Thanksgiving

Today is Thanksgiving Day. For many years we would pick the kids up from school on Wednesday afternoon and drive to Lincoln, Nebraska to spend a couple days with my dad and his third wife and family. He scored well on the third try, by the way.

I rang the bell for the Salvation Army at Fareway last night instead of traveling to Lincoln, but that’s okay. I pity the poor souls that don’t get to experience ringing the bell. I saw so many old friends and acquaintances to catch up with and I met a few people who read this column and encouraged me to keep it up.

As I always have running through my mind ways to improve the lives of my fellow man, it’s wandered to Ayn Rand. Rand is famous for selfishness. She contended that altruism is evil. At first this seems counter-intuitive. But look at someone like Mother Theresa. She lived a life of squalor in the slums of Calcutta doing charity work. Mother Theresa would not have been as effective in helping people if she did it as a self-righteous show of sacrifice instead of with a deep seated passion.

Rand was correct on so many levels. In a situation where honesty would simplify our relationships with others, altruism wastes time and material things. How many times have people sharing a family dinner said, “Oh no, I’m fine. You take it.” Then a scrap of food is given to the dog because no one was honest enough to take that last delicious portion. I appreciate the honesty of dogs.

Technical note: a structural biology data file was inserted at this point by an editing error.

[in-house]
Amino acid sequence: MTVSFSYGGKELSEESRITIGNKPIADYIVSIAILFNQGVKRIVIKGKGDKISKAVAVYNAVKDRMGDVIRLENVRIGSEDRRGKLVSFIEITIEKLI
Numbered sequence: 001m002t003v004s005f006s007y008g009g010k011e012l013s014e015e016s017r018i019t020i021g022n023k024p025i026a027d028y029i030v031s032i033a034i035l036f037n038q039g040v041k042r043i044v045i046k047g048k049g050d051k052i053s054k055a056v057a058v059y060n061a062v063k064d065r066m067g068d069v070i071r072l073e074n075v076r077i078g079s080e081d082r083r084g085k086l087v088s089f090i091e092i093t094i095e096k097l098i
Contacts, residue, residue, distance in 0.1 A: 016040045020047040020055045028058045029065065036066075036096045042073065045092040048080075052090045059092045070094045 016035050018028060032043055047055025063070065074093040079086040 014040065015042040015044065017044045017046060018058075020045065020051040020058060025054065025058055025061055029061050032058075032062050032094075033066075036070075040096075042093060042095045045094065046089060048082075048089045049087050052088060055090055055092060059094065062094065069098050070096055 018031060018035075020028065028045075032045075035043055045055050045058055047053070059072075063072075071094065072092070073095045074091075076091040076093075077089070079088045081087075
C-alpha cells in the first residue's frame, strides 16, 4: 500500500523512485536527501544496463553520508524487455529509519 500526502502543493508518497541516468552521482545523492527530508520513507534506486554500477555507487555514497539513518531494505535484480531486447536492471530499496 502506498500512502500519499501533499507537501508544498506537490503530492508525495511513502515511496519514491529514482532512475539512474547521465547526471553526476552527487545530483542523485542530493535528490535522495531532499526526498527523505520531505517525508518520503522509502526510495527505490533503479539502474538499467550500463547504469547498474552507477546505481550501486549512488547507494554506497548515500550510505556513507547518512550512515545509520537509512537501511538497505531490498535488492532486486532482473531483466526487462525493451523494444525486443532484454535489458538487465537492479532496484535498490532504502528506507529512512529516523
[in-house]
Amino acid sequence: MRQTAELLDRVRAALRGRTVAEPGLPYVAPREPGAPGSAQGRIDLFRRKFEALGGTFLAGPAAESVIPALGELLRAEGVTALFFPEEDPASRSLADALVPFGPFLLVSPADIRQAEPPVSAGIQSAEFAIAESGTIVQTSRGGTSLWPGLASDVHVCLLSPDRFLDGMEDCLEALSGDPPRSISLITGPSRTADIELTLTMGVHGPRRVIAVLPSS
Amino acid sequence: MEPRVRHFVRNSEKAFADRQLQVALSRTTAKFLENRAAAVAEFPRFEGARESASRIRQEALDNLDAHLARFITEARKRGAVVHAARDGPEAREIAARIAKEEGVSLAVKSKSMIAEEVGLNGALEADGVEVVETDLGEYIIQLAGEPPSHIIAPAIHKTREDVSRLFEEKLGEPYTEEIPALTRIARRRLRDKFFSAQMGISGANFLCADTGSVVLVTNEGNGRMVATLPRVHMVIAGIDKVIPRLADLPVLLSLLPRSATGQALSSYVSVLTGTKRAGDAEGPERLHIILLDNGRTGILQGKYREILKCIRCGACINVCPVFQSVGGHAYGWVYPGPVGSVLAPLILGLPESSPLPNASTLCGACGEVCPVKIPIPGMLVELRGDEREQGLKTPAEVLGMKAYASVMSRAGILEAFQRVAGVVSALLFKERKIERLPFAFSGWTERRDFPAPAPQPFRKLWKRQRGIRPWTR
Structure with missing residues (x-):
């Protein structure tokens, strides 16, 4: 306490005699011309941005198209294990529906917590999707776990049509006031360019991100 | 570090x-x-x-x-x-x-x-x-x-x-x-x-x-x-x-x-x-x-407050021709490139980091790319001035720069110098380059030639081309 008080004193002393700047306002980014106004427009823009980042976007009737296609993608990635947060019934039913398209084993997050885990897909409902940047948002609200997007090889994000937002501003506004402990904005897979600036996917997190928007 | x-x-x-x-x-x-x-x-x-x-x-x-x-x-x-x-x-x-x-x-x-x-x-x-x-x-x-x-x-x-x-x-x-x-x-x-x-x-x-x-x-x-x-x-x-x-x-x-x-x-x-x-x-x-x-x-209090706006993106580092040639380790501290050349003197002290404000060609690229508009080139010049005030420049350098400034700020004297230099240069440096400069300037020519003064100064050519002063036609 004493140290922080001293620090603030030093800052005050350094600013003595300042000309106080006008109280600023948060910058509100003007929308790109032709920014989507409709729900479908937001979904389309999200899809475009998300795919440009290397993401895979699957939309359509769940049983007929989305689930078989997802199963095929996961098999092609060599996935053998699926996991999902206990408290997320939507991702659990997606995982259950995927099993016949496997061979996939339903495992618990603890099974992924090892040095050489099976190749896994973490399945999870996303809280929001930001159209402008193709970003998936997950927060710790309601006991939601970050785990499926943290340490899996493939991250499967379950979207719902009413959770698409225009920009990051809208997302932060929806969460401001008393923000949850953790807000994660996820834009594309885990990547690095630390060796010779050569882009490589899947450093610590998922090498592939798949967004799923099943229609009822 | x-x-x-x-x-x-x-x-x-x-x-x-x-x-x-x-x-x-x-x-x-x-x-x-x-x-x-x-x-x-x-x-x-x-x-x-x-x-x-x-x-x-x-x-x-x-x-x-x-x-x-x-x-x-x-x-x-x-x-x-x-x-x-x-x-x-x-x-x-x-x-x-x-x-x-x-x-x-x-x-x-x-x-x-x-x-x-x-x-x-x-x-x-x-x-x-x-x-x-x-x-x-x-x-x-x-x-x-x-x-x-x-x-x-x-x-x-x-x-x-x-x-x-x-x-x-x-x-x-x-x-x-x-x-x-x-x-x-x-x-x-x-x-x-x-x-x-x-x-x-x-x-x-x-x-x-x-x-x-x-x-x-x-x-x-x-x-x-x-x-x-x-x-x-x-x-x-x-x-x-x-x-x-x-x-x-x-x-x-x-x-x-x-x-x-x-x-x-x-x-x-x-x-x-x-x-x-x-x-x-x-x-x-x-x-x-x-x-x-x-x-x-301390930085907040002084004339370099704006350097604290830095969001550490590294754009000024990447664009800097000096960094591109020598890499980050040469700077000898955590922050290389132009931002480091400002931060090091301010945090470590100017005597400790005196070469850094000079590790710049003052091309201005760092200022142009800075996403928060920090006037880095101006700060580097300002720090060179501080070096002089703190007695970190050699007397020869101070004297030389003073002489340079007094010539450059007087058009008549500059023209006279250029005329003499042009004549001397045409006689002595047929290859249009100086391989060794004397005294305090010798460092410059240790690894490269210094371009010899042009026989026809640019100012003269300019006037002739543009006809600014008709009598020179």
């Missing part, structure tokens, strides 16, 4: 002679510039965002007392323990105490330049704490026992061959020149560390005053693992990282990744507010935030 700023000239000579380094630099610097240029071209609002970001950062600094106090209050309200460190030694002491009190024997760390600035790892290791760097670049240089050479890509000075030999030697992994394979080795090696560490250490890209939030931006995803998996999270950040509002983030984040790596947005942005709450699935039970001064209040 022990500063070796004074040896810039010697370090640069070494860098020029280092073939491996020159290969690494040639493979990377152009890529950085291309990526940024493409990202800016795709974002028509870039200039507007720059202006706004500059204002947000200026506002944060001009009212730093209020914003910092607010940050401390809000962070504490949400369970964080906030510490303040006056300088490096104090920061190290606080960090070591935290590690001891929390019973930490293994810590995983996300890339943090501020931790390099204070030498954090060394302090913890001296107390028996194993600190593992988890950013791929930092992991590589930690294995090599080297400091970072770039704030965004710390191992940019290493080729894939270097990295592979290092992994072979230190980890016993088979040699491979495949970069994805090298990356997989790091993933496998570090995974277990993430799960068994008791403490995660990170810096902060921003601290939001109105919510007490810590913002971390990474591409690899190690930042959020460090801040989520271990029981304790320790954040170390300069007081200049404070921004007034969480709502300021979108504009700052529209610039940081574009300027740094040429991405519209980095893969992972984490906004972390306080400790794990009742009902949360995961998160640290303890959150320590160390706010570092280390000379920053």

The scheming and assumptions that come with trying to speculate relationships are like the welfare state compared to private charity. I remember back in the days after I quit college and an example of some roommates who moved from Boston to Oakland. They said, “Go get food stamps.” So I go down to this office. There’s this pile of papers pushed in front of my face and a somber bureaucrat says, “Just fill these out.”

Then there’s the other end of the process. Whether the money is printed (therefore devaluing the savings of anyone who has had the foresight to save) or taxed, the circuitous route taken to produce the funds for the food stamps is vastly more complex and expensive than personal help or a donation to a charity whose purpose is to help the down and out.

All across the political spectrum few will admit that government (thus coerced) funding for charity isn’t needed. I have to think that this is because people are generally more generous with other peoples’ money, which is sad. There’s even more joy on the giving end to be had than the receiving end. The unseen costs of the welfare state also form good arguments for its phasing out. The waste mentioned above is compounded by the replacement of the traditional family unit that is obviously responsible for a huge portion of crime. Charity from a faceless government agency robs the receiver of that charity of the gratitude that inspires a drive to succeed.

The gratitude we feel at Thanksgiving should be directed to return us to an honest economy before the money runs out.

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